Can you extend your lifespan and live a long healthy life by taking a new generation of probiotics? Read on to find your answer.
A growing body of evidence suggests microbiome-enriched probiotics could hold the key to longevity. Recently, a study published in Nature revealed that certain probiotic, prebiotic or their combination (synbiotic) formulations could help fruit flies live longer.
The researchers noted that these formulations targeted the three major causes of accelerated aging and age-related diseases – inflammation, oxidative stress and the loss of mitochondrial complex integrity.
The desire to live a long life has always fascinated human beings since time immemorial. In the quest of longevity, people have experimented with various things. For example, a healthy diet, increased physical activity, and abstinence from known hazards such as smoking and heavy drinking. Not to forget the role of vaccines and prophylactic use of certain medications that have, to some extent, helped extend lifespan.
Microbiome-Optimized Probiotics for Longevity: What Did the Study Find?
The researchers treated male fruit flies with the probiotic or synbiotic formulations and measured the parameters of age-associated abnormalities such as weight, glucose control, and, blood fat levels. Moreover, they also counted the number of number of living flies daily for more than 30 days.
At the end of the study, they found that:
- The treated flies lived 24 to 26 days longer compared to the flies on a normal diet.
- By day 30, the treated flies attained a significant healthy loss of weight.
- Both total glucose and blood fat levels dropped significantly in the treated flies, which indicated a better metabolic health.
Most notably, these finding corroborate a 2015 study, which had noted that the next-generation probiotics could target the various facets of metabolic syndrome, and thus boost longevity.
Additionally, a 2011 study published in the journal PLOS concluded – “ingestion of specific probiotics may be an easy approach for improving intestinal health and increasing lifespan”. The study used mice models.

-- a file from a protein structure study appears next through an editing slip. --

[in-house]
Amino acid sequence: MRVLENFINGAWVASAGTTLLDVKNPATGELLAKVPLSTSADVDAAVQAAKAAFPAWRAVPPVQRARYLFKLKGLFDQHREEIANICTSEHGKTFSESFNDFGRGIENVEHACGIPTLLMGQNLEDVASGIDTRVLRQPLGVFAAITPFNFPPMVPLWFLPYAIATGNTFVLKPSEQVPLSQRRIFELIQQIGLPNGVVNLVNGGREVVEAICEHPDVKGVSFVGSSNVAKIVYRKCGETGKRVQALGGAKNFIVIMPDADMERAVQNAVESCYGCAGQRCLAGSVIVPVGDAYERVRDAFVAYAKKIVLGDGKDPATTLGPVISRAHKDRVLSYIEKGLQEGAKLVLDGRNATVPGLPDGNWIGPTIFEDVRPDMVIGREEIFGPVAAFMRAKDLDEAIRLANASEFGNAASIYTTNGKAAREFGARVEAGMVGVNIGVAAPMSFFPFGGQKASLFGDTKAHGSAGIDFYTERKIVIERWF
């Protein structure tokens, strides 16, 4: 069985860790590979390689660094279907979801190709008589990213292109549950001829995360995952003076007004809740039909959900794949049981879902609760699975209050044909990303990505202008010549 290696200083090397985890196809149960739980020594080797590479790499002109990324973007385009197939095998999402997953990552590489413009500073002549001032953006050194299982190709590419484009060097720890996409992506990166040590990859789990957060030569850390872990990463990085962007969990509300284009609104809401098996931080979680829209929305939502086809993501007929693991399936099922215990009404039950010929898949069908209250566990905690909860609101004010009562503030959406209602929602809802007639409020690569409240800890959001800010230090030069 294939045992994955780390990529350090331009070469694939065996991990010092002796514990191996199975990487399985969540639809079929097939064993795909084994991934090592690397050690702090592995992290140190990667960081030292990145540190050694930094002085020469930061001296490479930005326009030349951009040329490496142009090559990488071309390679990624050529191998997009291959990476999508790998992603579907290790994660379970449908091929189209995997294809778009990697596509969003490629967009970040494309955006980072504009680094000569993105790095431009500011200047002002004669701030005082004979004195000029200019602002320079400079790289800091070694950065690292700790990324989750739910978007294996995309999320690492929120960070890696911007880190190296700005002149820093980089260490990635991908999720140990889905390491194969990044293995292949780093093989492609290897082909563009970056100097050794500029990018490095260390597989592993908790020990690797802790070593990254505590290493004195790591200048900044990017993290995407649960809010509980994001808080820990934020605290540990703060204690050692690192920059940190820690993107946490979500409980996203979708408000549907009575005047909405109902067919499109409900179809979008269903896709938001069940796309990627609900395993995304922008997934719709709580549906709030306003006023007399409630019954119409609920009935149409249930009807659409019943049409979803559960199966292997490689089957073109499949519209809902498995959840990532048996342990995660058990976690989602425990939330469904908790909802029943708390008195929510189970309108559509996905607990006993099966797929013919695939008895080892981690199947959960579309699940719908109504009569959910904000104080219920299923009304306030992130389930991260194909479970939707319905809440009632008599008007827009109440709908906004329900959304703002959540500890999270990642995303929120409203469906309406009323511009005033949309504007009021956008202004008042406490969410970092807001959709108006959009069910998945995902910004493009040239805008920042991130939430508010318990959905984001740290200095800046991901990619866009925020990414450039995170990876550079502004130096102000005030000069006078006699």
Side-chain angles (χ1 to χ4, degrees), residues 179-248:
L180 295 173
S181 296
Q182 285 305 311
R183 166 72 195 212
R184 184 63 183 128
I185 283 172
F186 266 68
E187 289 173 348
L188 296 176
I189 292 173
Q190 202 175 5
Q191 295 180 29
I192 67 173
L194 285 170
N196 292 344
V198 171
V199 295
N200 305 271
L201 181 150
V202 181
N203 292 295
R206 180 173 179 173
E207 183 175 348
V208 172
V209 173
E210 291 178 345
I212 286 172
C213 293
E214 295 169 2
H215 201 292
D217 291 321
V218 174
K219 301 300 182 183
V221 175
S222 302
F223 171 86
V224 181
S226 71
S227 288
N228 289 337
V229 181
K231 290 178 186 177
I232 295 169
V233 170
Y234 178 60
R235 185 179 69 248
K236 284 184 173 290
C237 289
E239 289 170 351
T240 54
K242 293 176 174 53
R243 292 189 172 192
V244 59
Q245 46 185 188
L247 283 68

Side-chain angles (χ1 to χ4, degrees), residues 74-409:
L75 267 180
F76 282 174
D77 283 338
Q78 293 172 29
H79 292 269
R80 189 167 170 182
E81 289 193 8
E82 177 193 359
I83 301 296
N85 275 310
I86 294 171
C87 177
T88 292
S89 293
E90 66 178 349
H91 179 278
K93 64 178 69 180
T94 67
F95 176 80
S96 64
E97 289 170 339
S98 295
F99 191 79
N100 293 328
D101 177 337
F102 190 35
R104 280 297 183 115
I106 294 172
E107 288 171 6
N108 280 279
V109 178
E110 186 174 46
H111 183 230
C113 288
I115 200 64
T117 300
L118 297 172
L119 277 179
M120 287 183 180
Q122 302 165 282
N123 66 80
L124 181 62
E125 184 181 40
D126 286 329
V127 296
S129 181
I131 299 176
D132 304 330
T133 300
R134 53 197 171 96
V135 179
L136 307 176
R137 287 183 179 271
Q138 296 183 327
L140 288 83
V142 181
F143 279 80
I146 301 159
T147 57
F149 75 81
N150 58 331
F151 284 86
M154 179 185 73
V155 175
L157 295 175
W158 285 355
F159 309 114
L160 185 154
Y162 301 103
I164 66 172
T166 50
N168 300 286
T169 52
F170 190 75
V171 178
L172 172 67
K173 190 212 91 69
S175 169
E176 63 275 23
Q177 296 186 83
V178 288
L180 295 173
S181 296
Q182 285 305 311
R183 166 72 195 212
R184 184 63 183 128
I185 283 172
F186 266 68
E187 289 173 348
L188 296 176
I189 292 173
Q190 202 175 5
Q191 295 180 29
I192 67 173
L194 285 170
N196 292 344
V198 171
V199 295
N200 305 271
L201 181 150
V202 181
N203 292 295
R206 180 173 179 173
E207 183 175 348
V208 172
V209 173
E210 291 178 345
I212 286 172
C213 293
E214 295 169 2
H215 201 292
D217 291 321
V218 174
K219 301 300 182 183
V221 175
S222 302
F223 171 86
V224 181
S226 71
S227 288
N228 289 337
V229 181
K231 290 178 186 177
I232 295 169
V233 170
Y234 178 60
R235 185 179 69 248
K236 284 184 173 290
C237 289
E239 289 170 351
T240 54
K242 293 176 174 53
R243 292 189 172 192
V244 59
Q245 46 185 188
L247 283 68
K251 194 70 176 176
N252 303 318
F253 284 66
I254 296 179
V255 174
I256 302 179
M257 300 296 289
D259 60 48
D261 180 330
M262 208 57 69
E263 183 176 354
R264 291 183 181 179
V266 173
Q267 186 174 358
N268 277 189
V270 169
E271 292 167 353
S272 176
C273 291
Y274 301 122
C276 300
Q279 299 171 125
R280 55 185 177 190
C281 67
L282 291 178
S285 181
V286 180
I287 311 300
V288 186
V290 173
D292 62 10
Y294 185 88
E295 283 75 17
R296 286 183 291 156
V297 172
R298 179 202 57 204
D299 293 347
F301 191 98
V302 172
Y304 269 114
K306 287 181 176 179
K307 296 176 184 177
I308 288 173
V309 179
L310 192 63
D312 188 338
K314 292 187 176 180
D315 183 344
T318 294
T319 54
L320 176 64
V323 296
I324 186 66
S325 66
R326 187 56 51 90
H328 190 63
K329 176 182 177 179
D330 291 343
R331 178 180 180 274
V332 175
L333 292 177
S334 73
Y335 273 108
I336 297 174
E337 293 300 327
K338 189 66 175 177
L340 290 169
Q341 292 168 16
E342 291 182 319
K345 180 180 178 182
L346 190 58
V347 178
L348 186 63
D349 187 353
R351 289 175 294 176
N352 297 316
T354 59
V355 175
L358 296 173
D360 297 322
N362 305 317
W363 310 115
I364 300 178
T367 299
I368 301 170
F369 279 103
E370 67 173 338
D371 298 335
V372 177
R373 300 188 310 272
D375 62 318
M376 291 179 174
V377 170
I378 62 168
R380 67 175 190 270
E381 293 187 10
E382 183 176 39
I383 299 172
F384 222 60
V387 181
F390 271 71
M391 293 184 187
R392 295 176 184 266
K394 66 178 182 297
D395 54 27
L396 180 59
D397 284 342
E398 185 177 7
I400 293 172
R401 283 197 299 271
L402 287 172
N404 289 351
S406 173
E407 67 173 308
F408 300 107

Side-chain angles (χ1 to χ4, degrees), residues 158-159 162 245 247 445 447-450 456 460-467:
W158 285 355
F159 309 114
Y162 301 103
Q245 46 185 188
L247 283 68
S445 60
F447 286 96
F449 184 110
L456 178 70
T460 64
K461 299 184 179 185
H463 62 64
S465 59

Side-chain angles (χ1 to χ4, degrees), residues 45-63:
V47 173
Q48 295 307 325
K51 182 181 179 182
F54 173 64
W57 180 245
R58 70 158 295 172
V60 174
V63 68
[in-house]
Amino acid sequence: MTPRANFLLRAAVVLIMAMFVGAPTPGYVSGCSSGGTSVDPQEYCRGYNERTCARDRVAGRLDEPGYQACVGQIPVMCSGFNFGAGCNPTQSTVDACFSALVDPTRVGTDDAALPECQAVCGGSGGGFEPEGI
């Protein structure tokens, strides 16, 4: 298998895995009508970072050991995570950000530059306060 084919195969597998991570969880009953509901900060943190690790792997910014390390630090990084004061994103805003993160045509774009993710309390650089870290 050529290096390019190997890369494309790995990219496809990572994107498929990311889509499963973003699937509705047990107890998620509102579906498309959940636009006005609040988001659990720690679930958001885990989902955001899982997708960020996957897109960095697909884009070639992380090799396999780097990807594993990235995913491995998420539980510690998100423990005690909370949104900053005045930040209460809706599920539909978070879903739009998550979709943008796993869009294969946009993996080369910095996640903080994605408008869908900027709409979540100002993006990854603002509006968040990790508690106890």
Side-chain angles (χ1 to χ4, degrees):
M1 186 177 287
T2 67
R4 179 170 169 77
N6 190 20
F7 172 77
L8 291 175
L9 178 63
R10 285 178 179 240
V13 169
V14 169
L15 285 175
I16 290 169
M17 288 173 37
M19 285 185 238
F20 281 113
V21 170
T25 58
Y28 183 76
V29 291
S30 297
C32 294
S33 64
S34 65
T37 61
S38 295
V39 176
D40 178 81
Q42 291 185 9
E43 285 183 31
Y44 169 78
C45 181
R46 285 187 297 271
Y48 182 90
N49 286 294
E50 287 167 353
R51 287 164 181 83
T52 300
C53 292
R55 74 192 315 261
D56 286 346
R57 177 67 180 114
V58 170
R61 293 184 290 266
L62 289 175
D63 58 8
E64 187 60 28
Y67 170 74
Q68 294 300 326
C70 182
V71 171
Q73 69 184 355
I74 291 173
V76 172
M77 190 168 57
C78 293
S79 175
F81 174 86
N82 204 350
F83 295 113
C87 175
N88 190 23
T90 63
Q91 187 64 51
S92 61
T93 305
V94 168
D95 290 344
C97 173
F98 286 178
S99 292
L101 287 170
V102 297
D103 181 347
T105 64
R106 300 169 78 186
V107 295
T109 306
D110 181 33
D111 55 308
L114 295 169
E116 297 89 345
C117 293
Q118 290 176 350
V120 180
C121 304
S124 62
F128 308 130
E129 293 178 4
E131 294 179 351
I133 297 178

All things considered, microbiome-optimized probiotics are a promising new tool in the fight against aging and age-associated diseases. These probiotics not only extend longevity but also reduce the risk of numerous chronic diseases, thereby enhancing the quality of life.
Do Available Probiotics Confer the Same Benefits?
No, most probably. It is because:
- Most probiotics lose 80-90% of the friendly bacteria just during the storage before you buy them. As a result, these formulations confer too little benefits, if any.
- Next, nearly half of the bacteria that reach the digestive tract cannot survive the harsh pH and eventually die in your gut.
- Finally, the tiny amount of bacteria that survives all the odds falls prey to the resistance from the bacteria that are naturally present in the gut.
BIOM Probiotics has a Solution
Every BIOM Probiotics product uses a high-end probiotic + Microbiome Diversifying Complex to diversify and balance your gut microbiome. We use BiomsifyTM culture technology to mimic human gut conditions to produce humanized functionally highly active BiomProbiotics.
To protect the diverse range of probiotics from the harsh environment in the gut, we optimize the binding and adherence properties of the bacterial strains. And Biom probiotics are shipped in special cold temperature to assure maximum potency.
You can choose a product that best meets your individual needs from our wide range of products that combine probiotics, prebiotics, and immunobiotics in different proportions.
Email reply to us at BIOM for a FREE consultation on which formulations are best for you. And right now you can get FREE Cold Shipping and FREE 2-Day shipping with any BIOM product. Start writing! Visit us at Biom Probiotics today.
Longevity extension in Drosophila through gut-brain communication
Novel opportunities for next-generation probiotics targeting metabolic syndrome
Longevity in Mice Is Promoted by Probiotic-Induced Suppression of Colonic Senescence Dependent on Upregulation of Gut Bacterial Polyamine Production